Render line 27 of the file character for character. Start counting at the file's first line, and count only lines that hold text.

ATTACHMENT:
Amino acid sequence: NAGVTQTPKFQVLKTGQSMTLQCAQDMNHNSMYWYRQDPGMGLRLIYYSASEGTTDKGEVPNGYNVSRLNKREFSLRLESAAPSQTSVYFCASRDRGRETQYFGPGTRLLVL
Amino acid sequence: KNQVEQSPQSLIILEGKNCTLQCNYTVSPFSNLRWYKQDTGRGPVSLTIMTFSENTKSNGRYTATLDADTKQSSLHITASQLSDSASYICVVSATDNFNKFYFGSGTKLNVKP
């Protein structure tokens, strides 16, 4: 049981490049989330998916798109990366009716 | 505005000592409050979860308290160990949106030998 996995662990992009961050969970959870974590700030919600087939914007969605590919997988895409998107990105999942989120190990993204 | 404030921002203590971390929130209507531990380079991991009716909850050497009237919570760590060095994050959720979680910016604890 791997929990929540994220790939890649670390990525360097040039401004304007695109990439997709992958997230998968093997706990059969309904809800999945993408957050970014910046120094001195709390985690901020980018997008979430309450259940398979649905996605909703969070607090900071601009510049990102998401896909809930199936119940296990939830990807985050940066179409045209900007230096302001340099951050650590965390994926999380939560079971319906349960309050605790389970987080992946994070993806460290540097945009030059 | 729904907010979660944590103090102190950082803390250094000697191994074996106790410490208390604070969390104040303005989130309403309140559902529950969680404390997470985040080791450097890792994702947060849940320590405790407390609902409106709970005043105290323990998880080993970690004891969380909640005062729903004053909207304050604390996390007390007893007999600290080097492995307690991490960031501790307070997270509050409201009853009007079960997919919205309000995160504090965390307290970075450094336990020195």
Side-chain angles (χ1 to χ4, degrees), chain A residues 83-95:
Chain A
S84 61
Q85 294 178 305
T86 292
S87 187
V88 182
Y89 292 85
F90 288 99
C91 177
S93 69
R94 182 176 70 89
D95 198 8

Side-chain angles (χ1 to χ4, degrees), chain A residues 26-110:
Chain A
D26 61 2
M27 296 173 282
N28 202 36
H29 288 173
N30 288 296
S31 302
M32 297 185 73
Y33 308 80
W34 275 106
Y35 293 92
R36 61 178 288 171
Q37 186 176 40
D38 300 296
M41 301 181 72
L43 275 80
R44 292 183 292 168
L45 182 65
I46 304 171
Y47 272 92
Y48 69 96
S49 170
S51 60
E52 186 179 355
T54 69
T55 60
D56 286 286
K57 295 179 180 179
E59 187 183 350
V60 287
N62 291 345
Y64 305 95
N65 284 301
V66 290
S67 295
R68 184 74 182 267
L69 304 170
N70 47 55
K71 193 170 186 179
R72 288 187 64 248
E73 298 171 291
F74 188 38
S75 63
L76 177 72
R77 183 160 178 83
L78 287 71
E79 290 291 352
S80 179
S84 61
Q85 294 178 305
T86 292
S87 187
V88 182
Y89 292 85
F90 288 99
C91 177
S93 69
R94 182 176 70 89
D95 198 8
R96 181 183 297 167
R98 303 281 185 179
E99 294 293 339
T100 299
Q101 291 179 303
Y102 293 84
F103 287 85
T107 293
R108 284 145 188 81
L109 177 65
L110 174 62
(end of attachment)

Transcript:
W34 275 106